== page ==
Skip to Main Content



May 2, 2024

Simulation Strengthens Connections on the Road to Software-defined Vehicles

See how Aptiv and Infineon use Ansys tools to deliver the connected systems — and systems of systems — that make software-defined vehicles possible.

Characterizing today's vehicles as "computers or smartphones on wheels" is becoming a bit cliché in automotive circles these days. Yet, as e-mobility continues to evolve, the proliferation of advanced in-vehicle electronics and software applications across all the functional areas of our cars gives credence to these analogies.

Mostly, this shift is due to the popularity of advanced driver-assistance systems (ADAS) technology and advancements in electrified and autonomous applications. All rely on multiple sensors to deliver safer, more seamless user experiences enhanced by connectivity and in-vehicle communication frameworks involving miles of circuitry and billions of lines of code.

Sound complicated? It really is. Thankfully, the shift to more simplified electrical/electronic (E/E) vehicle platforms is paving the way for increasingly seamless experiences behind the wheel.

In the latest episode of "Driven by Simulation," you'll see how automotive suppliers Aptiv and Infineon are using Ansys tools to develop software-defined vehicle tech. 

Watch the latest episode of the Driven by Simulation online docuseries.

Aptiv Relies on Ansys Tools to Set Vehicle Safety in Motion

So, what does the term software-defined vehicle (SDV) mean? An SDV reflects a significant shift in vehicle design, from hardware- to software-based operations — including the implementation of new functions and features through software. To keep up with these changes requires automotive suppliers like Aptiv to shift left, or test early and often in the development cycle to ensure their products are functioning as expected, safely.

To this end, Aptiv's ADAS platform is subject to ongoing improvement to grow its capabilities through continuous integration and deployment. It's also part of Aptiv's Smart Vehicle Architecture™ (SVA), a scalable approach to electrical and electronic systems that enables feature-rich, highly automated vehicles.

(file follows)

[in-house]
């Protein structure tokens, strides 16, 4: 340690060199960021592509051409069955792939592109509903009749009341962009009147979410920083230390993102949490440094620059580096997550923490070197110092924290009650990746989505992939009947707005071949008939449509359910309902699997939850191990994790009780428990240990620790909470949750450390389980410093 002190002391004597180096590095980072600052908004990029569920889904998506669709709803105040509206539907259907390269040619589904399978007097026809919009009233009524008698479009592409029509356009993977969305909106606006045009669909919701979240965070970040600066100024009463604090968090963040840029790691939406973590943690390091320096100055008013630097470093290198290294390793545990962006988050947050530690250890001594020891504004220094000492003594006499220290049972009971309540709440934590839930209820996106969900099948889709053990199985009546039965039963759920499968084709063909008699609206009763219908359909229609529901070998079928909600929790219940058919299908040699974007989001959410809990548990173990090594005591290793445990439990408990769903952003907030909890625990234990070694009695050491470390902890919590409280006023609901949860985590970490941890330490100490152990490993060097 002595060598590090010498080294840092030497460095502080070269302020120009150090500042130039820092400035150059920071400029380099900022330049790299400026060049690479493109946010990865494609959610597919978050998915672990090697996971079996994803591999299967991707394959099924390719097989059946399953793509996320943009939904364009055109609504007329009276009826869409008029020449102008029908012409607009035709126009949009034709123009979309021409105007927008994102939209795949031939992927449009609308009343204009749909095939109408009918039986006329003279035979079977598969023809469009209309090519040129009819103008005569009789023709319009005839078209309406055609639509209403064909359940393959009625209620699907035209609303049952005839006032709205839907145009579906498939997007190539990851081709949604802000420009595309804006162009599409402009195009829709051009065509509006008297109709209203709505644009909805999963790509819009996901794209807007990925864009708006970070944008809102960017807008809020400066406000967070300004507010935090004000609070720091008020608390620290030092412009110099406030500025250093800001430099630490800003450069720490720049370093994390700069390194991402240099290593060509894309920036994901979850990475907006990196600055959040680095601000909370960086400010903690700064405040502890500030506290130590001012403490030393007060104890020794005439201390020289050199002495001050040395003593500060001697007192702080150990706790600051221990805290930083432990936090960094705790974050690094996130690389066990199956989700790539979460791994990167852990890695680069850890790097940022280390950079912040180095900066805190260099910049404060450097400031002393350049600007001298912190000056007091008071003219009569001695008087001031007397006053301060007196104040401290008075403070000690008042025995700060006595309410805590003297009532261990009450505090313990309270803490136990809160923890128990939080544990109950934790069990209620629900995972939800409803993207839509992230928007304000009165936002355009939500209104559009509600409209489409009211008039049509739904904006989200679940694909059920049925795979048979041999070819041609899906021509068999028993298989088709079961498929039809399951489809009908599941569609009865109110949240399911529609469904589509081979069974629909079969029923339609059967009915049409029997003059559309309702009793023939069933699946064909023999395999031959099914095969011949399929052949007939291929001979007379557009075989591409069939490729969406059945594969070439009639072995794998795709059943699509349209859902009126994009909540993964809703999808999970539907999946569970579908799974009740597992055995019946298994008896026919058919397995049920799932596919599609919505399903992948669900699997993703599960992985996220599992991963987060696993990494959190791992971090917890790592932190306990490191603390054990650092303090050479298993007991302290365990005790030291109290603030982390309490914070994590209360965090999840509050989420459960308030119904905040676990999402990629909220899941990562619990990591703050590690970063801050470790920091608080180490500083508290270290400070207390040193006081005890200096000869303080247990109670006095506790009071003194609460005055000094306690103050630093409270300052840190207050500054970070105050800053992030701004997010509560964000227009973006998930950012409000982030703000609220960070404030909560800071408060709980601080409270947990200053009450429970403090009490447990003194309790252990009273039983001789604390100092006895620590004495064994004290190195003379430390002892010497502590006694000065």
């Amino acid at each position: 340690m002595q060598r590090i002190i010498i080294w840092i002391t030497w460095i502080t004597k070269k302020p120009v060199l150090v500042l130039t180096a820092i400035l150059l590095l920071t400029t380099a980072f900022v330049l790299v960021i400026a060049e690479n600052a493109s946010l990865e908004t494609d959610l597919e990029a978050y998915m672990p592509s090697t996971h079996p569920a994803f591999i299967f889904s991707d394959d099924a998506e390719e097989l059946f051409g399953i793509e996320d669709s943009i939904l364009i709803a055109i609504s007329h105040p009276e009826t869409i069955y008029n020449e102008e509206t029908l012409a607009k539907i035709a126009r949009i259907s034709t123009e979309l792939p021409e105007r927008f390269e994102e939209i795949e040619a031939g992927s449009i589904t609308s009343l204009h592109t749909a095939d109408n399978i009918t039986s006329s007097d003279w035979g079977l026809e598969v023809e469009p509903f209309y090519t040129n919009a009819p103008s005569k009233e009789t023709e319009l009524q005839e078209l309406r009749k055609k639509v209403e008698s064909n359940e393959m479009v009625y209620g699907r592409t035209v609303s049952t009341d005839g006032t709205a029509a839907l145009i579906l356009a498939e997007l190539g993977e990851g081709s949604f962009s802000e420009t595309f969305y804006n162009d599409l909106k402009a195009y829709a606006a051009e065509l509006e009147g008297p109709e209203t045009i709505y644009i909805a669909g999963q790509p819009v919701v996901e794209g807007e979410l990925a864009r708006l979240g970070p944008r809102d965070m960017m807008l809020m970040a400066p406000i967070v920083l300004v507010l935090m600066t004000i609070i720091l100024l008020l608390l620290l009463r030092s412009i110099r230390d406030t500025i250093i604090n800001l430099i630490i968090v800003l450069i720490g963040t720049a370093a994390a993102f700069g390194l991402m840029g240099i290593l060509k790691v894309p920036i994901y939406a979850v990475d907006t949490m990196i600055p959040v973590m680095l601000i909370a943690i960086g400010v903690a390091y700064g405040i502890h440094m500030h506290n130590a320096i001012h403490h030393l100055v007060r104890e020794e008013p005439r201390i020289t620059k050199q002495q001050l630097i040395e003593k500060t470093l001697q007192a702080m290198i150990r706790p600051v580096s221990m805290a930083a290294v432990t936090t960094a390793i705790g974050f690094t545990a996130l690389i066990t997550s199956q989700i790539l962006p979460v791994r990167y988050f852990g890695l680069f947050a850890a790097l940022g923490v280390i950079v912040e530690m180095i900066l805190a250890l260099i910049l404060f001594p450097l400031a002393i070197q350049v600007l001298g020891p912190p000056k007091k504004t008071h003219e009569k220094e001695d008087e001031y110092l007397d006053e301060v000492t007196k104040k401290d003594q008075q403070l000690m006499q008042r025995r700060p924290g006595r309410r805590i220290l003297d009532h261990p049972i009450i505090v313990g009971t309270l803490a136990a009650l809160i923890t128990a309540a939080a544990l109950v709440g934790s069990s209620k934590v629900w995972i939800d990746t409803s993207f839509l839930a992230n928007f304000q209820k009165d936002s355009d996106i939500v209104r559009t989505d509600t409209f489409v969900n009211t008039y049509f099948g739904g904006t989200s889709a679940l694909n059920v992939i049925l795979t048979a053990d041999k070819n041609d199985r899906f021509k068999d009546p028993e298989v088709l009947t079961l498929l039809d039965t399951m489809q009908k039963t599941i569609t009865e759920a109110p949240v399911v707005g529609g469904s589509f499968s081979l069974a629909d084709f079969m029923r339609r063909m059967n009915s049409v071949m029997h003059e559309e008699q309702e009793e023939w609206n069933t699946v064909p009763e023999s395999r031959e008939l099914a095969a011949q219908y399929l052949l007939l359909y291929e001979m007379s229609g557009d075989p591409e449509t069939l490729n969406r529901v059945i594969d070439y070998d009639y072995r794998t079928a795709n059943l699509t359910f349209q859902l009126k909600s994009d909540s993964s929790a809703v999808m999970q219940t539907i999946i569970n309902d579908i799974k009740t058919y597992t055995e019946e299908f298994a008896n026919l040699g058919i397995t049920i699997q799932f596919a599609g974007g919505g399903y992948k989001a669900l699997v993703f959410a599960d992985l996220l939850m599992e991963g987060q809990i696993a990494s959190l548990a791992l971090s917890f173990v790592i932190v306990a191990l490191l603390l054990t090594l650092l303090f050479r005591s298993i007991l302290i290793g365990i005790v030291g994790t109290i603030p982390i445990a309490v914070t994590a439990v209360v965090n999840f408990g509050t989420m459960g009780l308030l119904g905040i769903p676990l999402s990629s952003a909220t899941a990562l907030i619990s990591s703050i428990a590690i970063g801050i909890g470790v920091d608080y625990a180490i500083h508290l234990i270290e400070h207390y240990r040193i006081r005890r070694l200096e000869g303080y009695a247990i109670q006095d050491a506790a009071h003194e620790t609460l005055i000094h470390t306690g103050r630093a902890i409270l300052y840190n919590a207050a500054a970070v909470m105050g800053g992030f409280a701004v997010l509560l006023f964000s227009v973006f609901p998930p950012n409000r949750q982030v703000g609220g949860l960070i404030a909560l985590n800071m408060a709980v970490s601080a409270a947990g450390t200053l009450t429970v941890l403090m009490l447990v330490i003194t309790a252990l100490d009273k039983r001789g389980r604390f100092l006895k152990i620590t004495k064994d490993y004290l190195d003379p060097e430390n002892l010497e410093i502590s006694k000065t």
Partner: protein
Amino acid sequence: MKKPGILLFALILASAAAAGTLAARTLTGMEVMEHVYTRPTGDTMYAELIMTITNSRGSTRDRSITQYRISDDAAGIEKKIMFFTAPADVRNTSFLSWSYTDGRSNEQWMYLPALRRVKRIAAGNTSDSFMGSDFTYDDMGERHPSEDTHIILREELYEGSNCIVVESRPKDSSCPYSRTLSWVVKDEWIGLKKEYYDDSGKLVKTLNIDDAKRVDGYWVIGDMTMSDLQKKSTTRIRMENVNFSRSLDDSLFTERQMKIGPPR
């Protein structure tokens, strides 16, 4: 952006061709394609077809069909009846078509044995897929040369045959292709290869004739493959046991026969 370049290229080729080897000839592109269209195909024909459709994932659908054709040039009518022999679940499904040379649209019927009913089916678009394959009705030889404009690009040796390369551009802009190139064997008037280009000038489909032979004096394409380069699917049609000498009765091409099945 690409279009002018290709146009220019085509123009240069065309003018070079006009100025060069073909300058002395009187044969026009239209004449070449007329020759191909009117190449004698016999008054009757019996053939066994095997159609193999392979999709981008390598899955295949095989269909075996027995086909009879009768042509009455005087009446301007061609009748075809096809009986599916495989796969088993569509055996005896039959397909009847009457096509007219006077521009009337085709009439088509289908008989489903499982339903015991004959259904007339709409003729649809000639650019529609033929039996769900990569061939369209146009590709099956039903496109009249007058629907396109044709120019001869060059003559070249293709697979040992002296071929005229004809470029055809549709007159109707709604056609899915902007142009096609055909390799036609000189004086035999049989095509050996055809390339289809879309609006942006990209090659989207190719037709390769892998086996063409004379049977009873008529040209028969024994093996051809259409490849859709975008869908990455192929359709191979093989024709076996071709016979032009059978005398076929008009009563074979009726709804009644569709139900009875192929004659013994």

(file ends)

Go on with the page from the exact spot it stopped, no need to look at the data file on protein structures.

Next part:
At the center of Aptiv's SVA is an open server platform, which functions as what Aptiv describes as the main "brain" of the vehicle where all the high-performance compute resides, and the central vehicle controller (CVC), or "little brain" of the vehicle that translates the commands coming from the brain.

Specifically, the CVC is a specialized computer responsible for numerous vehicle functions, and a key piece of architecture that translates software code into physical actions. It sorts the details of all the communicating signals among vehicle components, then abstracts functions as services to software applications to initiate these actions.

Lisa Savage, a functional safety lead in Aptiv's Global Product Organization (GPO), uses Ansys medini analyze safety analysis software during various phases of product development to assess the safety of all the ADAS and AD systems involved. The software helps Savage understand what the operational envelope of these safety-critical electrical and electronic and software-controlled systems should be, in step with current industry safety analysis methods and standards.  

"I use Ansys medini to do a lot of the analysis-type activities," says Savage. "So, starting out with hazard analysis and risk assessment, we use medini to enable our work there. But we also use it in the product development phase … (when) we're trying to identify what types of faults are going to lead to unwanted behaviors, (and) what types of conditions are going to lead to unwanted behaviors. And then once we have that, we can establish whatever safeguards we need to have in place."

Ansys Driven by Sim Episode 9 Stills

Lisa Savage, a functional safety lead at Aptiv, performs safety analyses using Ansys software.

Antenna Optimization Signals What's Ahead

Aptiv also uses simulation to track product behaviors over time — during vehicle operation — to understand and anticipate scenarios or edge cases the team hasn't already planned for. These edge cases represent unforeseen risk on the road, yet often happen in isolation from each other, which makes them difficult to catalog.